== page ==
From the shape of stationary profiles of temperatures and moisture for the gas and solid phases, two distinct zones clearly appears in a counter-current cascading rotary dryer of sugar; a first zone in which the drying takes place, a second zone in which the dried sugar is reheated by contact with the entering hot air. The fit of experimental data of temperature and humidities was used to test a mathematical model for the drying zone and to find optimal values of heat and mass transfer coefficients. Additional investigations at laboratory scale have provided information on the kinetics of drying of sugar crystals falling in a curtain as in the airborne phase of a rotary dryer. Sorption isotherms show that a strong re-moistening or deliquescence of sugar occurs at about 80% relative humidity. Obviously such a value must not be reached in an industrial dryer.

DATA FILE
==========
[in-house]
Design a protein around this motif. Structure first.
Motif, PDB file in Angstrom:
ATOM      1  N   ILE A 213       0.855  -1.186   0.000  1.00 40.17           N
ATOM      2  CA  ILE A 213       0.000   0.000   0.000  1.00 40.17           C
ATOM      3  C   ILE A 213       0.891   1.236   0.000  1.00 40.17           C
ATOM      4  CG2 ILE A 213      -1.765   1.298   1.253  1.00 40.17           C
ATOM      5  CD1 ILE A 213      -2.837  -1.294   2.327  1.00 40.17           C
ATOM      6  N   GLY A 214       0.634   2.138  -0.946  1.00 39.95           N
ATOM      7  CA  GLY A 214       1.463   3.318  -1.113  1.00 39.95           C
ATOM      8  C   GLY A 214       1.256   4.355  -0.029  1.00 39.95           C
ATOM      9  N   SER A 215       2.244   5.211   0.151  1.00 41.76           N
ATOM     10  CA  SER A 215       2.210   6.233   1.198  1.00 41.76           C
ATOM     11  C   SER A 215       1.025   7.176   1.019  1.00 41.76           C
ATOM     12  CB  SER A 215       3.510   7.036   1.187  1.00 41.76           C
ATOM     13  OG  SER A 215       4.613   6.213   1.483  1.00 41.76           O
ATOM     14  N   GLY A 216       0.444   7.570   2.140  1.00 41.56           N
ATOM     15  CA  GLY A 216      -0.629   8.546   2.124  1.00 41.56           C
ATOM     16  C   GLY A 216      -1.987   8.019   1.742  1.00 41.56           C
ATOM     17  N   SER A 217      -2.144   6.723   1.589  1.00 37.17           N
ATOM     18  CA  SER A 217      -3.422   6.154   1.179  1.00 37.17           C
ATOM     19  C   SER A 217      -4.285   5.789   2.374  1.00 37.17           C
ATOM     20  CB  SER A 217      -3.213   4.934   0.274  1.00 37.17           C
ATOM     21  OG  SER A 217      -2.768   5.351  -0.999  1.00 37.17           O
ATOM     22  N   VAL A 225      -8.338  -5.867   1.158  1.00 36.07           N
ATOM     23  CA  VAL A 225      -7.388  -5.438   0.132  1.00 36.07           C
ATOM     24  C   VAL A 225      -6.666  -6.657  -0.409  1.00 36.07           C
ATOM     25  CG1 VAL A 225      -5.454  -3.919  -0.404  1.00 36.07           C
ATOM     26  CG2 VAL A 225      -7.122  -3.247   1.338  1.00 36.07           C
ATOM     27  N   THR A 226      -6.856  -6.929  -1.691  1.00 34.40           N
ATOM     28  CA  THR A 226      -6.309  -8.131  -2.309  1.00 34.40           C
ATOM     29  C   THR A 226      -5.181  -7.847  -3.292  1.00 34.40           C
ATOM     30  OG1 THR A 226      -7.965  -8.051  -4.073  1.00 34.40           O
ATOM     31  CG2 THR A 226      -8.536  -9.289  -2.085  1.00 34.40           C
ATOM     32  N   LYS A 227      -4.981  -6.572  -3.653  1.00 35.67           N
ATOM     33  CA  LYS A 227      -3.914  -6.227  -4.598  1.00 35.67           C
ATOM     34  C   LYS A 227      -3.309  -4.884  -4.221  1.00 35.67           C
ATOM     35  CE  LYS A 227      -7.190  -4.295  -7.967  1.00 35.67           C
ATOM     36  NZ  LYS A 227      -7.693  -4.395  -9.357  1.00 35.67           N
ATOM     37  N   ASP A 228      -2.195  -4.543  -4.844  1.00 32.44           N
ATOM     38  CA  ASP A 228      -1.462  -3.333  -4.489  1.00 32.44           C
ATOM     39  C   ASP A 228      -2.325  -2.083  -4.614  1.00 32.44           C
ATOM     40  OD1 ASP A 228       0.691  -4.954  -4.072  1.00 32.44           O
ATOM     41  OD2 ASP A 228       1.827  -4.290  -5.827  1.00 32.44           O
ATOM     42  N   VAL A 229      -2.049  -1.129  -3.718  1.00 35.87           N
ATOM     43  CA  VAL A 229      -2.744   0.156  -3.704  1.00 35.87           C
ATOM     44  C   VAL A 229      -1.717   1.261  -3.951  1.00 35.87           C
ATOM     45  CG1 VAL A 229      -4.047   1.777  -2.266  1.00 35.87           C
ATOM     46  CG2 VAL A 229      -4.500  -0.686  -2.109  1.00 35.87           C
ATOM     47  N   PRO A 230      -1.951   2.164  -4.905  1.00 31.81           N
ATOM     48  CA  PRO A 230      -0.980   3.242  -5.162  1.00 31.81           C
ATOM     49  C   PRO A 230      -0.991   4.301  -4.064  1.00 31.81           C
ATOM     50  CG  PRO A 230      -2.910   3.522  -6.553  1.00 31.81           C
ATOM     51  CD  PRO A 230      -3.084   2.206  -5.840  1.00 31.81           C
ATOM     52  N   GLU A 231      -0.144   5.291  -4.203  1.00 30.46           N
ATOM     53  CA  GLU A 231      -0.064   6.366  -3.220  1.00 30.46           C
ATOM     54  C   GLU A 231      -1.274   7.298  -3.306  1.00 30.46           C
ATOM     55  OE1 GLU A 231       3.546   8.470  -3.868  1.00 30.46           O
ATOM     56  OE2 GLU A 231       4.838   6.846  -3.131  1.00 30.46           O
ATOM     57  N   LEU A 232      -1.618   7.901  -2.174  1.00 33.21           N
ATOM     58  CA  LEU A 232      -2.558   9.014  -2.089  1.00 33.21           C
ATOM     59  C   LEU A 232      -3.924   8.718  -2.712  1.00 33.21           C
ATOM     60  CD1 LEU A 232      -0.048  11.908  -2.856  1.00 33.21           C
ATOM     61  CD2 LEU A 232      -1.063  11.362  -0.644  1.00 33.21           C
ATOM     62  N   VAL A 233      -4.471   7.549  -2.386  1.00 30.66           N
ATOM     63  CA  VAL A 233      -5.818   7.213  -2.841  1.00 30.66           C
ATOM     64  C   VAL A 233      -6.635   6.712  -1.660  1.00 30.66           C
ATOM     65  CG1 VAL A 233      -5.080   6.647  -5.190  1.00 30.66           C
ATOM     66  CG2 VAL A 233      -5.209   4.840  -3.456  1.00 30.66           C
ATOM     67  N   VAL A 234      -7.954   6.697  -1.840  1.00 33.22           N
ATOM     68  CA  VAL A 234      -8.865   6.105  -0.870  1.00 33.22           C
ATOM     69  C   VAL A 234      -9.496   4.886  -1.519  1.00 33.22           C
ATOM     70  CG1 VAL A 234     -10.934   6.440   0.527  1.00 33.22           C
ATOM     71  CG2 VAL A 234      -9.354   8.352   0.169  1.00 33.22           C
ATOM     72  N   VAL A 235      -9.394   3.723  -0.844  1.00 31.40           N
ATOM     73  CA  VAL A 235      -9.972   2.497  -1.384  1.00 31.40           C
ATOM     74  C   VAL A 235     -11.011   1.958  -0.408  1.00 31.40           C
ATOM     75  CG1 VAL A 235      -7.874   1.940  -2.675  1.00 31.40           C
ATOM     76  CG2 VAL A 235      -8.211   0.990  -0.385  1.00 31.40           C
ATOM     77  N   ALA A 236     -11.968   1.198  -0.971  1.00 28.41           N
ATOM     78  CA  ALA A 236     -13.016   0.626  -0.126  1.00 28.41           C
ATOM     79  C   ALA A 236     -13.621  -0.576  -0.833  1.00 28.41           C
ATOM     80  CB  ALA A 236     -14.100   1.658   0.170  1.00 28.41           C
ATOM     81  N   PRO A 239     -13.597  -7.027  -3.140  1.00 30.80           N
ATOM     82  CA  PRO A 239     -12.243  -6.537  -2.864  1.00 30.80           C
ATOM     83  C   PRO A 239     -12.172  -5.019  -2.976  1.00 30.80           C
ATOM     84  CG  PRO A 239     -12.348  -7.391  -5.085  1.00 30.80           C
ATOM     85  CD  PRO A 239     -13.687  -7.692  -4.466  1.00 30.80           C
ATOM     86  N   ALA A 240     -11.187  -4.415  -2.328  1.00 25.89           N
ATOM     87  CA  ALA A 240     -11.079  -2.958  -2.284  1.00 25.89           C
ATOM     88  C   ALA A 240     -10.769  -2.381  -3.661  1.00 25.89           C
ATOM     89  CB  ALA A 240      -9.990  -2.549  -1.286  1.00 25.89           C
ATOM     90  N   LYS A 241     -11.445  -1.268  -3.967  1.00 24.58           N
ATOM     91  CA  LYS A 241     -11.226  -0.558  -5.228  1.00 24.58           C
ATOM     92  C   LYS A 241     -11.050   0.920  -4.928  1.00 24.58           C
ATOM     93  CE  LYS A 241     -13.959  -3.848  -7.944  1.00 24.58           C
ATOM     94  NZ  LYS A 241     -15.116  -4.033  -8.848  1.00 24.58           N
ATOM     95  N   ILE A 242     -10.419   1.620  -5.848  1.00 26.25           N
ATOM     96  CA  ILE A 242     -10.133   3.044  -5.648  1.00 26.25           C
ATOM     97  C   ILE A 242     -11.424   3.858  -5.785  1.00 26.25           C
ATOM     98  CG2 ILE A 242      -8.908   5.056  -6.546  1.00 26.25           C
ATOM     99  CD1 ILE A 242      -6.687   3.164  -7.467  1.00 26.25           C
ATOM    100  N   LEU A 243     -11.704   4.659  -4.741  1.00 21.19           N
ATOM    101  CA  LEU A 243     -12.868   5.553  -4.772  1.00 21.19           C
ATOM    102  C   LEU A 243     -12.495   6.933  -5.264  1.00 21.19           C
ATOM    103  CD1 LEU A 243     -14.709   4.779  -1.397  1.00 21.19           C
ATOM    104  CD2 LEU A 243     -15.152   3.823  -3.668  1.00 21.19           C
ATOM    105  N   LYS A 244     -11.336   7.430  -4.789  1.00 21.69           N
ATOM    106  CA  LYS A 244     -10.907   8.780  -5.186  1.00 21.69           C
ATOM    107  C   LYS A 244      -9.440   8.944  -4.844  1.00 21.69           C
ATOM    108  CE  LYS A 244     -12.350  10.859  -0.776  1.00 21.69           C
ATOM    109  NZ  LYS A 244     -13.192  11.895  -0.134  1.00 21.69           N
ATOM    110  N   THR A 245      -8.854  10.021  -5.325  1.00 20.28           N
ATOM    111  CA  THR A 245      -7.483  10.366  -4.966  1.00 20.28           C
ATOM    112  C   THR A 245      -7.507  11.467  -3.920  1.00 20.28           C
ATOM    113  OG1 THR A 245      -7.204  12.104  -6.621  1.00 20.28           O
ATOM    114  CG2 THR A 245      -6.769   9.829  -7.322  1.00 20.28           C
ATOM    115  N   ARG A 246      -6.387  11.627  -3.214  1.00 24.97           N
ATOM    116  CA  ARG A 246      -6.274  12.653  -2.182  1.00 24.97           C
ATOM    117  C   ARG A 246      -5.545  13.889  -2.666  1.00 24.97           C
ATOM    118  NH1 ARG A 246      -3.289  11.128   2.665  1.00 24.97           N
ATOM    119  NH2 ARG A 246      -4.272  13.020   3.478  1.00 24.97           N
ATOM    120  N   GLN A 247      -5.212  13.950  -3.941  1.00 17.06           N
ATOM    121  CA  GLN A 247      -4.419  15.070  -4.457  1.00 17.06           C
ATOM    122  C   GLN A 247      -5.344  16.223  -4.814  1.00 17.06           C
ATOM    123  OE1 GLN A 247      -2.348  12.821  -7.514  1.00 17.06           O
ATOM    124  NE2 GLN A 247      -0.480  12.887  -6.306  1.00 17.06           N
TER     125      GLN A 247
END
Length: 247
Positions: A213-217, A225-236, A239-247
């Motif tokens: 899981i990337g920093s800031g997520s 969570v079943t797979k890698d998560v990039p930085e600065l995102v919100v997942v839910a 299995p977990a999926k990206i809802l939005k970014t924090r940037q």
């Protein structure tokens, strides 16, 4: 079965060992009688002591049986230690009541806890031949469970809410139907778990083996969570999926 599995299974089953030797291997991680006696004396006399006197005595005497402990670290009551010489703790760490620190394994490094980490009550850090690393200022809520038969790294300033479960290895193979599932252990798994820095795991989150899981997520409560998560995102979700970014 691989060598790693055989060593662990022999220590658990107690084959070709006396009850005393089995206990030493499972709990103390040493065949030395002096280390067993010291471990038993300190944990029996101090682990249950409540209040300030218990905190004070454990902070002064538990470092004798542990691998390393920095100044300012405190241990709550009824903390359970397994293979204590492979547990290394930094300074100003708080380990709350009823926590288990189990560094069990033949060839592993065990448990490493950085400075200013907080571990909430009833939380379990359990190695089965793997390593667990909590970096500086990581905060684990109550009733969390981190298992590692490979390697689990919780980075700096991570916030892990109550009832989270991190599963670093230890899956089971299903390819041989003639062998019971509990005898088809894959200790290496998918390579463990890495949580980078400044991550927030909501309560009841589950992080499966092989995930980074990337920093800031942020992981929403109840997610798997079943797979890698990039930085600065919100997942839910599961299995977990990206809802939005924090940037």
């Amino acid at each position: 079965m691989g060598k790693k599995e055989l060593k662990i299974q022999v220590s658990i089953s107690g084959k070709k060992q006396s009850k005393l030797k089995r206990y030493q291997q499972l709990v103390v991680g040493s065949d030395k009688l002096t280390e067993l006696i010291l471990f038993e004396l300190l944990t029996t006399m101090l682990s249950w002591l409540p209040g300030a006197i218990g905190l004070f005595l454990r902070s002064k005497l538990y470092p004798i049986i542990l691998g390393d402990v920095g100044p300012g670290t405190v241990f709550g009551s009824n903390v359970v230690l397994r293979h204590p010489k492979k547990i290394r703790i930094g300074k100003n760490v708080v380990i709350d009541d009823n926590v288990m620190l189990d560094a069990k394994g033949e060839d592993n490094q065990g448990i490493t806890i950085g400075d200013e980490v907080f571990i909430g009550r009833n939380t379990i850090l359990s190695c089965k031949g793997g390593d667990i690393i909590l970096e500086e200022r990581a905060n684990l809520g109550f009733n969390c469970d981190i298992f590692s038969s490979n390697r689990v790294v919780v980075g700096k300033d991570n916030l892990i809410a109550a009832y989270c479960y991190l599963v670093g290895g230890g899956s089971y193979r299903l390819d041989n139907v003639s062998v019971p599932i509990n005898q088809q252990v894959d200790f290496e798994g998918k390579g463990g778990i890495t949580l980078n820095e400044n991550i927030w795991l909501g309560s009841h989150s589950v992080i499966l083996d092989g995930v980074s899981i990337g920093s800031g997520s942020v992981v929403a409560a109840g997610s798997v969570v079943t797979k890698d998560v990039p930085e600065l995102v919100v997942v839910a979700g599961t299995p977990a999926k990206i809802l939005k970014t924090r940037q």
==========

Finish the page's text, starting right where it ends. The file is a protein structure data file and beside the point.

Disposal of agricultural and agro-food industry by-products has become an increasing environmental problem. Drying is one of the possible conditioning processes that can be applied to these by-products before using them as cattle feed or soil conditioner. In this paper, a dynamic model to simulate the dehydration process of wastes of vegetable from a wholesale market in a rotary dryer is proposed. The dryer was divided into 10 sections and mass and energy balances were established in each of them. The results have been validated in a semi-industrial dryer. The model predicts air and product moisture and temperature depending on working conditions of the rotary dryer. Inlet air temperature has been shown to be the variable that has the greatest effect, on both outlet moisture content of the product and on outlet air temperature.